This is a piece I wrote for fun about my parents' band. I hope you enjoy it!
Bluegrass music fills the air on this Wednesday afternoon in Rockland. A private lobster bake is hosted by Sharp’s Point South, and music keeps the conversation lively. The band is local and plays bluegrass music along with folk, country, and light rock and roll. The band is Playin’ Possum.
The three members of Playin’ Possum are family and have been singing and picking together since last year. However, David and Gigi Hynd, the founding members, started using the name Playin’ Possum in 2002 when the band played its first gig. The band has gained and lost members since its inception, but David and Gigi have remained the group’s base.
The band members are David, Gigi, and Peter Hynd. Gigi and David are both 50 years old, and Peter, their son, is 14. Gigi plays the upright bass, which stands taller than she, and David and Peter play the acoustic guitar. Peter sometimes brings his electric guitar and alternates it with his acoustic guitar. However, today he has decided to play his acoustic.
Peter’s young age has provided him with countless hours for practicing. On average, Peter says he practices two hours a day. He began playing the guitar when he was ten. Inspiration to play the guitar came to Peter because his home was filled with music.
“I wanted to learn music because my brother was playing the guitar,” said Peter, who was attracted to the guitar because of “the sound of it.” Peter enjoys bluegrass music along with country, light rock that is “a little bluesy,” and singer-songwriters like Marc Cohn, John Meyer, and Eric Clapton.
Peter’s musical talent is a reflection of his parent’s musical pursuits. David began playing the guitar when he was 16 on an S&H Greenstamps guitar, and Gigi began playing the bass in 1999. David and Gigi both came from musical families.
Explaining her musical background, Gigi says, “both my parents were music teachers at public schools. Dad taught band the whole time I was growing up, and Mom started teaching when I was five. She was also a piano teacher, and an organist at church. I often woke up to Mom practicing. It was very comforting.”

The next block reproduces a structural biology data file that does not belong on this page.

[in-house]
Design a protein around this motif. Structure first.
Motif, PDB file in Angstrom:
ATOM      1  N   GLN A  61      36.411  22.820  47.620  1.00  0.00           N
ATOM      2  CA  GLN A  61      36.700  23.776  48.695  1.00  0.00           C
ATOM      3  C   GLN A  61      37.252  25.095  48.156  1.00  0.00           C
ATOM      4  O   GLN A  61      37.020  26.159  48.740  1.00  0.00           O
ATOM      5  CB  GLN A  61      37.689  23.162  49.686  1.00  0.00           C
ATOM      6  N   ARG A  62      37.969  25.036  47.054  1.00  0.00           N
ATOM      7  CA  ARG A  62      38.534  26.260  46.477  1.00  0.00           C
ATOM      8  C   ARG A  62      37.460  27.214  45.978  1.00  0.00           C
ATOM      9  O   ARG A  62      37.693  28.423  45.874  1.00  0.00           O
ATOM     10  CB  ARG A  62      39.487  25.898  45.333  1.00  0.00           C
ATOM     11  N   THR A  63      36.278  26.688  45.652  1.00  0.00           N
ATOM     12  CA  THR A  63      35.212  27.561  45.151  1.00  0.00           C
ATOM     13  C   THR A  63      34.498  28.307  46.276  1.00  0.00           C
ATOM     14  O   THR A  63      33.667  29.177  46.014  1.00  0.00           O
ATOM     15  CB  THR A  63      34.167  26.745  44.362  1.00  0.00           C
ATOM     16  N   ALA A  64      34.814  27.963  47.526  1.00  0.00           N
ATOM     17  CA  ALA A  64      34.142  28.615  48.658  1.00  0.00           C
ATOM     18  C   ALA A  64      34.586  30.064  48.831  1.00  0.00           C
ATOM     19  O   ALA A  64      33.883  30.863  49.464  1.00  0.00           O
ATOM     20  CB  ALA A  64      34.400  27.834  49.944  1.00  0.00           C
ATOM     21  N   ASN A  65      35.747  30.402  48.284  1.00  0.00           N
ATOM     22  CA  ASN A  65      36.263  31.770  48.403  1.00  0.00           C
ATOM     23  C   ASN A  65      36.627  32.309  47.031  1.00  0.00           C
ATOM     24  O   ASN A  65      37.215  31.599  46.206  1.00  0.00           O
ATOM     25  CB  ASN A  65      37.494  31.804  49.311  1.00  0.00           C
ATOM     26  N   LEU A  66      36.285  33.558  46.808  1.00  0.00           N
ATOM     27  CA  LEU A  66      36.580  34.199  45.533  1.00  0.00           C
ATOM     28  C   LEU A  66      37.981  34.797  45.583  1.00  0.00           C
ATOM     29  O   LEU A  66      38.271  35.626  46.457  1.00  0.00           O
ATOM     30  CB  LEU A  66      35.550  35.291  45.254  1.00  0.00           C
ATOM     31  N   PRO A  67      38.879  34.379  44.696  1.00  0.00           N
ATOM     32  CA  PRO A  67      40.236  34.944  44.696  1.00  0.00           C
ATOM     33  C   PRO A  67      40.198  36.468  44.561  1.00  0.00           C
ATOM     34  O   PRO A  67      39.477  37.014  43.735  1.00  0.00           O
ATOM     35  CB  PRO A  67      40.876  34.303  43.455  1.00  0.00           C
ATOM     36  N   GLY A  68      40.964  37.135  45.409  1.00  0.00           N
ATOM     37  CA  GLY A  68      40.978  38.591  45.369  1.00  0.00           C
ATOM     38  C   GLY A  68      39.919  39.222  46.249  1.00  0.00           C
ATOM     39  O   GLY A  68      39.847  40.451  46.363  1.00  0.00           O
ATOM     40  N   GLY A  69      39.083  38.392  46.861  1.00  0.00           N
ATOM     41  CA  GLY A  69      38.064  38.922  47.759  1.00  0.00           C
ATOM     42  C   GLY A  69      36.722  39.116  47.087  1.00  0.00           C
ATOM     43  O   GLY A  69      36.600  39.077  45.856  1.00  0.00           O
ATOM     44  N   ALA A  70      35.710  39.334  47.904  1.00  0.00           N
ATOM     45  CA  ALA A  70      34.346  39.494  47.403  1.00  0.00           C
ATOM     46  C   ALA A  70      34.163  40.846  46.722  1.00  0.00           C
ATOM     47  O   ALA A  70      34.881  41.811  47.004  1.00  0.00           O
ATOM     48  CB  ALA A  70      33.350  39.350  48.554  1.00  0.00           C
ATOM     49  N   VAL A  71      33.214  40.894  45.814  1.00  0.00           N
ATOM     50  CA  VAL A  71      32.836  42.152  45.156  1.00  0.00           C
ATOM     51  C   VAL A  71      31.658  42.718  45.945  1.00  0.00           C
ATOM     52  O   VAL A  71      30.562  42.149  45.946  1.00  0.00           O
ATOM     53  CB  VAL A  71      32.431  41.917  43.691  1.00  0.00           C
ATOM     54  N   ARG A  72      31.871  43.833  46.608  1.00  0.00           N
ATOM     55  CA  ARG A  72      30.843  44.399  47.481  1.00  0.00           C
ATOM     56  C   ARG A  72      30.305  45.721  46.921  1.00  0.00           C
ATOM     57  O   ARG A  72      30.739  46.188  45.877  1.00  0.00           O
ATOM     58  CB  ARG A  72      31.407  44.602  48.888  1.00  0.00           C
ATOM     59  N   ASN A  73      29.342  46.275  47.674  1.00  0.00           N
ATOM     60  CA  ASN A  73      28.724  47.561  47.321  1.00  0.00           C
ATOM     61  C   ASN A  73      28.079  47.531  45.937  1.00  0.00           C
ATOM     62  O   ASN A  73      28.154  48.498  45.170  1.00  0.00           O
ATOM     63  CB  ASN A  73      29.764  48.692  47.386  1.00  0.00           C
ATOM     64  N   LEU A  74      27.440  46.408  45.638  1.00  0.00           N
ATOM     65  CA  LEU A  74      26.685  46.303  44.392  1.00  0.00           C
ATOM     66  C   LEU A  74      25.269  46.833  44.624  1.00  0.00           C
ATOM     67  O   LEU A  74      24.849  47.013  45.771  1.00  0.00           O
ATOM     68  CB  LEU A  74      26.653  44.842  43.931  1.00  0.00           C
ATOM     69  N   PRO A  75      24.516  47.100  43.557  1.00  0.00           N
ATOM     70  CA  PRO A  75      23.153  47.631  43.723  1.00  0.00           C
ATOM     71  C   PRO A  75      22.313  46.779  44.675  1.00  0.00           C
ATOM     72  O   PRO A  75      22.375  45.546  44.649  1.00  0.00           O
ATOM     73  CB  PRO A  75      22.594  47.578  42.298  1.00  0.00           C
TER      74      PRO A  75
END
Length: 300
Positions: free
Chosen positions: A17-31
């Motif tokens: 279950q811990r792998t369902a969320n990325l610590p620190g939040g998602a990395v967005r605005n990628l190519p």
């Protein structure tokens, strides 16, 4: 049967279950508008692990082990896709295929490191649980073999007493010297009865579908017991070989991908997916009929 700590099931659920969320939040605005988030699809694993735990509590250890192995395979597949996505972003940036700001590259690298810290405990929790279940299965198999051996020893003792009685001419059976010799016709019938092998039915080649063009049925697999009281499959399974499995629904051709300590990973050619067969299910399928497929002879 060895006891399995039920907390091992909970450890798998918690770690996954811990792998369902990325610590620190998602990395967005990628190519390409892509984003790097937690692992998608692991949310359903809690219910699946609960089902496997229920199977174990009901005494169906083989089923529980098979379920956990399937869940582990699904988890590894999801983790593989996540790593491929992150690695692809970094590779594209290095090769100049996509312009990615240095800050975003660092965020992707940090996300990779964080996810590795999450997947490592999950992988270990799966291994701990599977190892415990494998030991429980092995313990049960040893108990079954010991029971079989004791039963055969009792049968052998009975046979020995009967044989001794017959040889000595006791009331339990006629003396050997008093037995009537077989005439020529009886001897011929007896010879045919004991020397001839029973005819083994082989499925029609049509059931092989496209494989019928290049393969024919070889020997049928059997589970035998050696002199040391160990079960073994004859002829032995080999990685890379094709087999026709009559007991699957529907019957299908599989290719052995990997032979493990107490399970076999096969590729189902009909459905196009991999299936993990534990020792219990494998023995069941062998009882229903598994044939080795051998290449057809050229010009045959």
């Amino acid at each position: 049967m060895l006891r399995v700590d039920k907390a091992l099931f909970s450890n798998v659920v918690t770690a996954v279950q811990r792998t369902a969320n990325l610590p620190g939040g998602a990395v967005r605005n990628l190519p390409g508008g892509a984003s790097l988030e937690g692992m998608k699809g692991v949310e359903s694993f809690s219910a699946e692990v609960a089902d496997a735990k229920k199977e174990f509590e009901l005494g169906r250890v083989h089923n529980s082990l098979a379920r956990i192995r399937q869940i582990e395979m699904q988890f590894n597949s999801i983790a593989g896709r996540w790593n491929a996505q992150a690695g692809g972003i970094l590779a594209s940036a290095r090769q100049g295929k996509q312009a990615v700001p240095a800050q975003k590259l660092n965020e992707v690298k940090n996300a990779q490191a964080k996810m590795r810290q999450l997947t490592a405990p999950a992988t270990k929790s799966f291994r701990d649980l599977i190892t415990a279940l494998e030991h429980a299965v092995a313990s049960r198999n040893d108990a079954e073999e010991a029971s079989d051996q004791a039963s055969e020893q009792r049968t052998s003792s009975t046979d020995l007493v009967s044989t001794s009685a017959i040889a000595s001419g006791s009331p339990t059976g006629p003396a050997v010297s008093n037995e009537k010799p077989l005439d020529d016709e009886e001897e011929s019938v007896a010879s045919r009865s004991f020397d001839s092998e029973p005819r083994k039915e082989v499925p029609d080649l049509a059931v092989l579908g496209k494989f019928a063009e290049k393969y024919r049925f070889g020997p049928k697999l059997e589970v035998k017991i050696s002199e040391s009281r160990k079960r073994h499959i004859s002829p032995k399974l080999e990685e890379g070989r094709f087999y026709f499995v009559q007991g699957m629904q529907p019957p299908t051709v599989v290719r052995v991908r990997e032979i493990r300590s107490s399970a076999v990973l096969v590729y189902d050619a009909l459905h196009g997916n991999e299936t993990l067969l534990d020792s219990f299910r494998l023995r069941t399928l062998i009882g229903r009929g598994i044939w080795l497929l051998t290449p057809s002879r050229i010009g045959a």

David’s father played the piano and was “always working at it,” and a few times his mother sang as a church soloist. “Through just hearing music a lot you accept it as an important piece of life,” says David.
David and Gigi each discovered bluegrass music before becoming a couple. Gigi said, “I’ve always been kind of intrigued by it. I remember hearing bluegrass music when I was at summer camp in the Midwest, and it tickling my ear.”
David’s attraction to bluegrass was the banjo. “I heard Earl Scruggs as a kid and I was blown away by the banjo. I just love the sound of the banjo. The first songs I heard were ‘Streamline Cannonball,’ ‘Last Thing on My Mind,’ and ‘You Ain’t Going Nowhere,’ and I just loved them,” says David.
However, like most hobbies, daytime jobs are a necessity. While David, Gigi, and Peter would love to play music full time, at this point “it is not realistic,” says David. Raising children and paying college bills take up most of their time, and as Gigi admits, “we enjoy the level that we’re at.”
In the summer David and Gigi clam, and during the school year David works as a carpenter, and Gigi teaches language arts to 4th, 5th, and 6th graders at the Friendship Village School.
The band does not perform to gain fame and fortune. Through word of mouth Playin’ Possum spreads its name and is requested to play at local venues. Gigi says, “We like doing community events and being a part of the community. We enjoy the hometown stuff. We’re not looking for glory.”
While glory may not be in David and Gigi’s minds, Peter’s career as a musician has just begun. Peter hopes to become a professional guitarist. He has already written the music and lyrics for at least 20 songs. However, the practice can sometimes get tiring. Peter says, “I know I can’t stop practicing because if I want to make a living at [playing the guitar], then I’ve got to be unusually good.”
Even with the challenges that present themselves to the band, the joy of playing out makes them all worthwhile. “I like singing, and I love harmonizing,” says Gigi, “It’s fun to have the opportunity to return [my love for music] to someone and hope that they will enjoy [my music] too.” David’s sentiments are in line with Gigi’s, and he adds, “We don’t have any great aspirations, but we hope that we’ve brought some joy.”